Left, Viki Kane with a Year 7 student looks through the Burning
Issues module. Right, Taminmin High school students south of Darwin
at the module’s launch in May.
Imagine you are 13 years old and have just joined
Dr John Woinarski’s scientific research team in Kakadu
National Park, to investigate what is happening to the northern
quoll. Or you are learning how pastoralists, park rangers and
Traditional Owners alleviate the risk of huge wildfires throughout
many parts of northern Australia. It’s all possible through
EnviroNorth, an interactive educational website.
some long-standing issues in sustainability and science education
in northern Australia. Although savanna ecosystems dominate the top
third of Australia, educational resources focus mainly on
rainforest and reef ecosystems. EnviroNorth helps redress the
balance so students from the Kimberley to the Top End and northern
Queensland can learn about the environments surrounding them.
Online learning also helps overcome the disadvantages these
students face: the areas in which they live are geographically
challenging, with huge distances, small populations and a large and
growing proportion of Indigenous youth.
Developed by a partnership between the Tropical Savannas CRC and
the NT Department of Employment, Education and Training (NT
DEET)—with significant input from teachers—the site is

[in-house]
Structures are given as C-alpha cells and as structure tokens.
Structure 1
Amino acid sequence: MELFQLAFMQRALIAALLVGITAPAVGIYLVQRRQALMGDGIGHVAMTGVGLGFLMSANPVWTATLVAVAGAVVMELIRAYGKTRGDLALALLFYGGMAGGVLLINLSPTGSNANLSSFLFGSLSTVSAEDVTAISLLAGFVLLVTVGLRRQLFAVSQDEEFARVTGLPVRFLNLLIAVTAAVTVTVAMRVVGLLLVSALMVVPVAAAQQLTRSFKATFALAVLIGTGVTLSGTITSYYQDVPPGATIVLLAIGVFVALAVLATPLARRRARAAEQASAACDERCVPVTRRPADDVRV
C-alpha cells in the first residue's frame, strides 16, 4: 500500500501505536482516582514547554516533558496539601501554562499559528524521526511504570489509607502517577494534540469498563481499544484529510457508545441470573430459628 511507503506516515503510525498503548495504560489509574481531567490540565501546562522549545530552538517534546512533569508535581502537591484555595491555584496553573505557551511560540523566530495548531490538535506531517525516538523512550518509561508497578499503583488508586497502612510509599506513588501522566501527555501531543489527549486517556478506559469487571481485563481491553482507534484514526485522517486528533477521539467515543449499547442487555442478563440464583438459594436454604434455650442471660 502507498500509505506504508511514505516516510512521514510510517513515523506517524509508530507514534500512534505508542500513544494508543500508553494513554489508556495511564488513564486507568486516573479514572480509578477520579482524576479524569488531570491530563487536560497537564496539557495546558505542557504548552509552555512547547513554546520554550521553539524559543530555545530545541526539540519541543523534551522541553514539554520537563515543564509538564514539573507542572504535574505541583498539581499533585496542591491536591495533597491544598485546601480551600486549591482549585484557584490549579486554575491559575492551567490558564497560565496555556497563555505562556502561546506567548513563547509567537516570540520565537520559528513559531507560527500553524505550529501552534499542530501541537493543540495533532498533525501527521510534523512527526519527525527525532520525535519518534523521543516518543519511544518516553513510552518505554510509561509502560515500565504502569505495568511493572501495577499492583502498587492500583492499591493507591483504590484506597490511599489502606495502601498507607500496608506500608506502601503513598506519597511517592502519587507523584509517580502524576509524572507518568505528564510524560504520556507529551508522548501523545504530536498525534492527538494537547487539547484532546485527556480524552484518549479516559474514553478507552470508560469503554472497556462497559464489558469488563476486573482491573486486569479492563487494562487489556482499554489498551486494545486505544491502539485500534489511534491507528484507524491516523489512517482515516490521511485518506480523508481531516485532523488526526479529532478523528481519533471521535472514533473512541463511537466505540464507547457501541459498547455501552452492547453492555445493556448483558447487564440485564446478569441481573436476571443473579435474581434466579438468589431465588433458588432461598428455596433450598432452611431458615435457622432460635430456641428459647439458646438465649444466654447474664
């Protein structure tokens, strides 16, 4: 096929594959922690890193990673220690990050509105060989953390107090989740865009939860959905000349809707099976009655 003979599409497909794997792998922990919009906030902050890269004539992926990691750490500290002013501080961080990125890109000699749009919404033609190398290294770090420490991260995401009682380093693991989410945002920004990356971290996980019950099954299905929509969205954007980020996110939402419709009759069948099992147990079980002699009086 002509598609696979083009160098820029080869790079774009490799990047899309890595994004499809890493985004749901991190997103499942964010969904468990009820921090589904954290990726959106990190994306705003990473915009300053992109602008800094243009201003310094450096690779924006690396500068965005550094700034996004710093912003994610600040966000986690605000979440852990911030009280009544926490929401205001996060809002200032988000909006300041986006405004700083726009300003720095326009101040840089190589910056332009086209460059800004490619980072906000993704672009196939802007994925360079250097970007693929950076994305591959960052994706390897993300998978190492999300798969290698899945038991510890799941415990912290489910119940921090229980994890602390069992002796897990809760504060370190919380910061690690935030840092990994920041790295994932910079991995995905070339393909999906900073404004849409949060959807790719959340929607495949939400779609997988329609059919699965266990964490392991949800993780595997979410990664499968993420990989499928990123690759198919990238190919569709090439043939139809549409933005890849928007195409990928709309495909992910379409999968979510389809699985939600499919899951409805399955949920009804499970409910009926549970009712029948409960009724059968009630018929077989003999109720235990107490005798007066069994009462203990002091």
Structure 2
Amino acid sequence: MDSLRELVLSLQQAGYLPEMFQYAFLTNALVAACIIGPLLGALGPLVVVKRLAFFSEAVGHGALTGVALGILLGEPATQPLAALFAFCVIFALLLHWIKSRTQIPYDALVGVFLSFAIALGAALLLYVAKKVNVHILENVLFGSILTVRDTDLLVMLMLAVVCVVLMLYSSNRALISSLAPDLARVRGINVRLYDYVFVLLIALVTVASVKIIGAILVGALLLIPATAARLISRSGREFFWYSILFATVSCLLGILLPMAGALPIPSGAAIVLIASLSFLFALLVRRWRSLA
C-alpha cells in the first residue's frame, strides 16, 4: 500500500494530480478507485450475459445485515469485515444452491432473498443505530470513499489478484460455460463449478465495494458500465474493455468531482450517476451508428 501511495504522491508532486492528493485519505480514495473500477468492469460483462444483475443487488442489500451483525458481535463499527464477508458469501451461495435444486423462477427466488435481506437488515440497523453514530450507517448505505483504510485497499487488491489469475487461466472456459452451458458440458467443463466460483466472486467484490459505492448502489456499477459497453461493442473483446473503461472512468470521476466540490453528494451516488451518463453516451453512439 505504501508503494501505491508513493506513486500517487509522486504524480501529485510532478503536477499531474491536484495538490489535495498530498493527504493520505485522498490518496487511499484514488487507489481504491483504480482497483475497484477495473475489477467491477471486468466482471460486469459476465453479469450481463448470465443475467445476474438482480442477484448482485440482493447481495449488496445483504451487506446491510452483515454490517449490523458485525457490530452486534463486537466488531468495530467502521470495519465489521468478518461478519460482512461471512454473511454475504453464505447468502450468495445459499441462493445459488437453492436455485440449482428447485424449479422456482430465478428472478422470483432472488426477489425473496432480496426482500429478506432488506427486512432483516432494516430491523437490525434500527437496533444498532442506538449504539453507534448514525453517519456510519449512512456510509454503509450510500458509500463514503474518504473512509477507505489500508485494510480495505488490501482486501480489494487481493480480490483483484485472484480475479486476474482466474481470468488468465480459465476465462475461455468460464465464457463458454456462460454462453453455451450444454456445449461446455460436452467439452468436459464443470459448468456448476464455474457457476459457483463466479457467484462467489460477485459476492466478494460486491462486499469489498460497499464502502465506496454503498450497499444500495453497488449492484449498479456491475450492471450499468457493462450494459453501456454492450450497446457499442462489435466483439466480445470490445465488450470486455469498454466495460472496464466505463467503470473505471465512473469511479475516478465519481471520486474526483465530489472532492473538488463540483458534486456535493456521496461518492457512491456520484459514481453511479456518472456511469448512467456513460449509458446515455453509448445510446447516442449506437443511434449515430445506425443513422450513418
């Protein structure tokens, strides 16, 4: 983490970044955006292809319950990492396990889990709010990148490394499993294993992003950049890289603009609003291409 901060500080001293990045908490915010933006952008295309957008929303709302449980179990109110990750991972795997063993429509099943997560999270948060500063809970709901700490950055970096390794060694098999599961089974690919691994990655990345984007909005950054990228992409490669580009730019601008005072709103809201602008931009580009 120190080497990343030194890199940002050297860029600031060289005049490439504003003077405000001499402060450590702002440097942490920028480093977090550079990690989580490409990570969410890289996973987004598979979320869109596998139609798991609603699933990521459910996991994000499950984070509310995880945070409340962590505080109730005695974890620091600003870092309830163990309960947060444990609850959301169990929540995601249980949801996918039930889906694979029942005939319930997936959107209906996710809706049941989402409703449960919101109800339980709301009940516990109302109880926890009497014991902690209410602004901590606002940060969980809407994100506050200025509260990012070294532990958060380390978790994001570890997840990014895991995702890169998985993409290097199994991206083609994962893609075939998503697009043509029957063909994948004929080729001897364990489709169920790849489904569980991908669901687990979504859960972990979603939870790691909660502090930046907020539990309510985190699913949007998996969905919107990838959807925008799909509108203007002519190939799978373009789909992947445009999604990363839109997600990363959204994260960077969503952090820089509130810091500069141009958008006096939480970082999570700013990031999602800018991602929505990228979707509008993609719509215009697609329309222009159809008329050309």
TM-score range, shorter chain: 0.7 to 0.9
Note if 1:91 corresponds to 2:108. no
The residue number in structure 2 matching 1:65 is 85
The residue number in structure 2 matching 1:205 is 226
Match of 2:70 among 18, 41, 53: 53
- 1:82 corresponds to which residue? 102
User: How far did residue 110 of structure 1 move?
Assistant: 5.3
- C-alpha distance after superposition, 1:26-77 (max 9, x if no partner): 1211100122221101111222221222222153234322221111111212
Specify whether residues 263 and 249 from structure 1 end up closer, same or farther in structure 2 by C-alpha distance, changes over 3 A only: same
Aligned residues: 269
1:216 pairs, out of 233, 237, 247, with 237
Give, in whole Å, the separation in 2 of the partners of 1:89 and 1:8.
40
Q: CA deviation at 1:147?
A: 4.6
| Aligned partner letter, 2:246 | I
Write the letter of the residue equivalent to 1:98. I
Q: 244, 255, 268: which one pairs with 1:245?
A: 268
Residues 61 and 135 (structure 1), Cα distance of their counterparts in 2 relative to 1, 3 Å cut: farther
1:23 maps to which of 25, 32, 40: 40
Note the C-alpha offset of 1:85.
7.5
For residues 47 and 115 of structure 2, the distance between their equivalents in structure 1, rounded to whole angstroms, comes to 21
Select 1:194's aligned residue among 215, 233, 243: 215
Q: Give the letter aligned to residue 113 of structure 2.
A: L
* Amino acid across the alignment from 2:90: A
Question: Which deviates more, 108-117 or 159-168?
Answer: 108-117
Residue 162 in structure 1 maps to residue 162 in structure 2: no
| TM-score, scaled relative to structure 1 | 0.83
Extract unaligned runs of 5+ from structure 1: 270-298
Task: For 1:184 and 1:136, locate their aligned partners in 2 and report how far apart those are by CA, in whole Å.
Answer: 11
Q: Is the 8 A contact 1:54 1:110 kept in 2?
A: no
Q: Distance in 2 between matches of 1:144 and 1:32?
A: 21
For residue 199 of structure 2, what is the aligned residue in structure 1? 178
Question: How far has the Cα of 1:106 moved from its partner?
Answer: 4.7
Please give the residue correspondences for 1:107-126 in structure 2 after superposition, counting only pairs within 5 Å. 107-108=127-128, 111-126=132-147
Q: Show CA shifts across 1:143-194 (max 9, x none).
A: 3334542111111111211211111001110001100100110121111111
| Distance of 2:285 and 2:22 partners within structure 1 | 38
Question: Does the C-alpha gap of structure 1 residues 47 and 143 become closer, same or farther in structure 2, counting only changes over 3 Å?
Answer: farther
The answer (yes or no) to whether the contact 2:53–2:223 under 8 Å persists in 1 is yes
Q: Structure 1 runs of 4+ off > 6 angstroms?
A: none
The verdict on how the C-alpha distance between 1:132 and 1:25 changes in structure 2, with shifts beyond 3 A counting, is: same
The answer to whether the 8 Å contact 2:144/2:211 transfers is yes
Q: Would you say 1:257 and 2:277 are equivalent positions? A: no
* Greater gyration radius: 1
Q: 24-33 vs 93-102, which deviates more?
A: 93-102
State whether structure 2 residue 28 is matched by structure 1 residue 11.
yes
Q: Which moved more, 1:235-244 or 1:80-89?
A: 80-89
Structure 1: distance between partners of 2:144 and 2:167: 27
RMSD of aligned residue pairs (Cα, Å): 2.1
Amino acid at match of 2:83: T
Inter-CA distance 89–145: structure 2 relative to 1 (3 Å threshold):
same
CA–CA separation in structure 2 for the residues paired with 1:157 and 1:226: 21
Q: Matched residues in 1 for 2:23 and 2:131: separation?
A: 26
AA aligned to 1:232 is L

now being used by a range of schools in the Northern Territory,
Queensland (particularly through the Primary
Connections1 science program), Western Australia
(including Katherine and the Kimberley Schools of the Air and the
EcoFire project, pg. 8) and as far afield as Tasmania.
Bushfires NT, who has also contributed to the Burning Issues
module, provided a helicopter—to the delight of
students— to douse the oval for the launch.
The site was launched in 2007 with three main sections:
interactive modules for students, comprehensive teacher support
materials, and the CRC’s Savanna
“The challenge was to provide a flexible, relevant and
engaging approach for students,” explained Julie Crough
(TS–CRC) who along with Louise Fogg (DEET), led the
development of the website and learning materials.
“We needed to develop resources that helped build capacity
for teachers about tropical savannas and related sustainability
issues as most new recruits to northern Australia arrive from
southern states,” she said.
Until EnviroNorth, there were no comprehensive online
learner-centred resources for schools focusing on one of the few
extensive natural areas remaining on earth—Australia’s
tropical savannas. The website’s interactive modules, Savanna
Walkabout and Burning Issues, aim to meet this need.
Designed for Years 7–9 students, the modules are based on
current research and education in Natural Resource Management and
Information Communication Technology. Each module has a series of
learning activities and tasks that integrate videos, audio,